Housing and park replace parking lot in suburban Seattle. I still wander wether the sidewalks are walkable. In any case it seems like a good example of densification and reduction of car use. Hoping to see more of such developments.
Thursday, 19 December 2013
Friday, 6 December 2013
Breaking the myth of the lower cost of suburban development. Worth a read. Even though it is only based in Canada, many of the observations are comparable to other European or American cases.
Wednesday, 4 December 2013
Sunday, 1 December 2013
Alejandro Hernandez comments on the minority (car drivers) that occupy the majority of public space in Mexico City. New plans for prioritising the pedestrian.
Monday, 18 November 2013
One more time. Rotterdam has 30% of its built office space lying empty, yet the city government still co sponsors the building of new starchitecture. Continuing the collage of Rotterdam. Is it ever going to stop?
Rem Koolhaas's De Rotterdam: cut and paste architecture
Tuesday, 12 November 2013
The influence of William H Whyte saw some popularity in the 1990s
It is a shame that these type of position towards public space is still not more generalised in urban planning internationally.
Tuesday, 5 November 2013
Thursday, 24 October 2013
Tuesday, 22 October 2013
Saturday, 19 October 2013
Tuesday, 15 October 2013
Jeff Speck on cars and walking. How density, city living and walking can improve our health and economies.
Saturday, 12 October 2013
A greatly productive day in Waterford with Miriam Fitzpatrick and a good group of students. One more city, Kilkenny, analysed by its street sections. Soon I will be uploading the students' work on the website. Thanks Miriam and students!
Tuesday, 8 October 2013
Sunday, 6 October 2013
Fantastic map of the Netherlands by Bert Spaan. Each building has a color code showing its age. The differences between cities like Amsterdam and Rotterdam are evident and clearer than ever.
Wednesday, 2 October 2013
Simple tranaformations may allow an array of new uses of city centres.
In the case of Pittsburgh :
'Transforming downtown into a neighborhood means making it more inclusive for families and others beyond just office workers.'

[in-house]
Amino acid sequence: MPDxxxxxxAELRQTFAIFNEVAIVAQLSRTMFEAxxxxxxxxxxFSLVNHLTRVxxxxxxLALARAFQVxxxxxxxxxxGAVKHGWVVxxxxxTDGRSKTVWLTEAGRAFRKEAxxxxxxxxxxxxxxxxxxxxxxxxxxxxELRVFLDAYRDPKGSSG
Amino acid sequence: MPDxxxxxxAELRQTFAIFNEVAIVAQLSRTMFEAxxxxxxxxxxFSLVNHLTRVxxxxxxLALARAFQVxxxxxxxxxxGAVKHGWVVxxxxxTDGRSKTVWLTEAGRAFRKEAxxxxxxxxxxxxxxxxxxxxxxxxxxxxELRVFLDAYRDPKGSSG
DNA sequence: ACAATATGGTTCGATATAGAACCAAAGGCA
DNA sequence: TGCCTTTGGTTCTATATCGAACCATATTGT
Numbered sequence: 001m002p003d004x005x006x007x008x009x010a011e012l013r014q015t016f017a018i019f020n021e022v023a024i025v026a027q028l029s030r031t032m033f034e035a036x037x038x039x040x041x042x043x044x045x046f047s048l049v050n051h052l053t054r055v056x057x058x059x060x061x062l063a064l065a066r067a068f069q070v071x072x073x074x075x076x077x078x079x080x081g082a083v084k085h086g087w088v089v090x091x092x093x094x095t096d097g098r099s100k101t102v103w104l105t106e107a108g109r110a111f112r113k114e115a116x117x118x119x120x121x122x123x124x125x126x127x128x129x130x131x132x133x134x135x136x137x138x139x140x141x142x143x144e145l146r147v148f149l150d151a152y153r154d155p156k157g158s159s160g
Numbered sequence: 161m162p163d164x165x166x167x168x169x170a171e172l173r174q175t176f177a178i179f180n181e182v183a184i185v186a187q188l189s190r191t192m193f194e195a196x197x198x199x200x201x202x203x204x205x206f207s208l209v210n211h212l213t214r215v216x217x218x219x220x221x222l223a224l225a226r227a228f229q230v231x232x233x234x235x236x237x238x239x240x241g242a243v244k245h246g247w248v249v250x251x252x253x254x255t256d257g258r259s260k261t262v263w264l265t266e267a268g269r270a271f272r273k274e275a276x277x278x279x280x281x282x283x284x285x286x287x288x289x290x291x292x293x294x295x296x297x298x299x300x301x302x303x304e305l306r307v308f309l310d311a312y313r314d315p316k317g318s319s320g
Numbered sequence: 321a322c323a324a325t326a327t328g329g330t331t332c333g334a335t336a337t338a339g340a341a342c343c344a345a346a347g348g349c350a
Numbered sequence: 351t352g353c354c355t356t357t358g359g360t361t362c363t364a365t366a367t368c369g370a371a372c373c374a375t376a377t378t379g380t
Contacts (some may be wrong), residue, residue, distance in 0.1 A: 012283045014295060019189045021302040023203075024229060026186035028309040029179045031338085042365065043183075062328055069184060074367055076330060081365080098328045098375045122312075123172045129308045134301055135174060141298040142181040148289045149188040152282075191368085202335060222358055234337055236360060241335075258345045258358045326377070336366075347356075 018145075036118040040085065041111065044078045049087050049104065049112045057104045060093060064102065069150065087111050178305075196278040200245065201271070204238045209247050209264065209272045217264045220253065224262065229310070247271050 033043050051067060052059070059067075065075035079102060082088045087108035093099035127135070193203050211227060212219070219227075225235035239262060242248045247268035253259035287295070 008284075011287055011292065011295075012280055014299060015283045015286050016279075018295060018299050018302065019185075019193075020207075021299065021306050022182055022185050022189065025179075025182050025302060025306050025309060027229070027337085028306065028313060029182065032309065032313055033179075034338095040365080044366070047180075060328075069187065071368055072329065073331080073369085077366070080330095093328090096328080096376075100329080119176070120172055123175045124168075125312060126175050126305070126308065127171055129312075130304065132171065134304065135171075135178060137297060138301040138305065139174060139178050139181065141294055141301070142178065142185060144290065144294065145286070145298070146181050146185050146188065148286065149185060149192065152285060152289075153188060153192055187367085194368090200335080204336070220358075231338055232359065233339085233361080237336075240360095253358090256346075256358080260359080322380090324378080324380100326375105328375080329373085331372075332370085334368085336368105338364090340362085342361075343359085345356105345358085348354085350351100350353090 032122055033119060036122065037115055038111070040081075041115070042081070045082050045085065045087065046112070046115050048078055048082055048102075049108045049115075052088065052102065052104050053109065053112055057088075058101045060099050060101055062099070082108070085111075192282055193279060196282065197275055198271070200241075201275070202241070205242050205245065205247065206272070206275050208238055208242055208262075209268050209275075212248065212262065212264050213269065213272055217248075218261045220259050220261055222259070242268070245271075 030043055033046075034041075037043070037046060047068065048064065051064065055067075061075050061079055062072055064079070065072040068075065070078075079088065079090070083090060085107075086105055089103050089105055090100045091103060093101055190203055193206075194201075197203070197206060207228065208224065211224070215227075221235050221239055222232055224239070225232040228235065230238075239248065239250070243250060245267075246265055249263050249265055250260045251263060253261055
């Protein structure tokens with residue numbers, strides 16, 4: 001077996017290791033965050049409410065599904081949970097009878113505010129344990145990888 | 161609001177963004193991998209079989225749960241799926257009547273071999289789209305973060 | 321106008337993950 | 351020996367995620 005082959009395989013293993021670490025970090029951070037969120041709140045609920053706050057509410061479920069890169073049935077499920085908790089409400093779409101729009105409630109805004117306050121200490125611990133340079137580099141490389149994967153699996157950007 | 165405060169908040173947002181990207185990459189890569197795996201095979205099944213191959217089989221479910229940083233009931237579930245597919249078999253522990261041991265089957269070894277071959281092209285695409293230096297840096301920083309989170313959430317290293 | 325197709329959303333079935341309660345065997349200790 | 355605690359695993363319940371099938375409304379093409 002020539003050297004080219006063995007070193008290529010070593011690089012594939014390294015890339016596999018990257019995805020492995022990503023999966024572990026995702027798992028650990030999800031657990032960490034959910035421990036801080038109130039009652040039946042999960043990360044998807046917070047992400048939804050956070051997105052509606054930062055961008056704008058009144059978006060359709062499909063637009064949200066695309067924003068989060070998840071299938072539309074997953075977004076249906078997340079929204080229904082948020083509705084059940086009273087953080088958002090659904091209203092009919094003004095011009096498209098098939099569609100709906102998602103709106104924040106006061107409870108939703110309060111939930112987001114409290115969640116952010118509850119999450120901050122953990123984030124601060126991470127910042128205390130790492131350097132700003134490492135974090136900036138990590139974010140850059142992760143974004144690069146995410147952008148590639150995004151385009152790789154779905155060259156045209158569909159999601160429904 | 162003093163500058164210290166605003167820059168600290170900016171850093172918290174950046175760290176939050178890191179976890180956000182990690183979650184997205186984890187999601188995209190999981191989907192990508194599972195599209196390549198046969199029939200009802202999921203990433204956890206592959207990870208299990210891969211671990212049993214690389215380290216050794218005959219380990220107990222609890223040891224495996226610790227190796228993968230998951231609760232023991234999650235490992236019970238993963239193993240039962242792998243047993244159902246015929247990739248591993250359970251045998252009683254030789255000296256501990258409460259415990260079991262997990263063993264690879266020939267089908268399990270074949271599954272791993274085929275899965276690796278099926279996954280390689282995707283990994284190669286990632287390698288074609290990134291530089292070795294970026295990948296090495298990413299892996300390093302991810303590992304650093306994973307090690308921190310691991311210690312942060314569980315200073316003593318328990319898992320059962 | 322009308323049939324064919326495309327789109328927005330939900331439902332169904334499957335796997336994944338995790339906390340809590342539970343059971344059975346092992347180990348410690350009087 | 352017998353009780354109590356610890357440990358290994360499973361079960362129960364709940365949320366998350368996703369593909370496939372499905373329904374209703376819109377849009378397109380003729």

This may sound obvious, but at least asking the right questions is a way to start.
Sunday, 29 September 2013
It will be interesting to see this in detail. The Italian take on new street design should shed some light of the regional characteristics of the street, or maybe of models to understand and follow. New post about it when I get the book.
Street Design. Progetto di strade e disegno dello Spazio Pubblico | Street Design and Public Space
Tuesday, 24 September 2013
Today, a book I would like to take a look at. Interesting to see the view of a North American journalist on the issue of housing and dwelling in the US. On my list
The End of the Suburbs: Where the American Dream Is Moving , by Leigh Gallagher
Friday, 20 September 2013
Can a single installation change the perception of a street? This piece of street are in Boston tells stories of the past in sound and image. How does this really affect the pedestrians experience? If the author is right, this piece not only brings attention to the installation but also to the already existing venues of the street.
Tuesday, 17 September 2013
The impact of urban regeneration on society.
Stories from the ground. Highly recommended website.
Saturday, 14 September 2013
The construction of layout that development started, which inevitably collapsed with the market in 2008. Black Mountain Nevada. Thanks Miriam Mahiques for the link
Visible Invisible is the latest conference of the Italian Association of Urban History. 400 participants, about 50 sessions in three days. Respect to the organisers for putting together such a massive event. Absolutely stunning location in the Benedictine monastery in Catania. Fantastic southern italian food.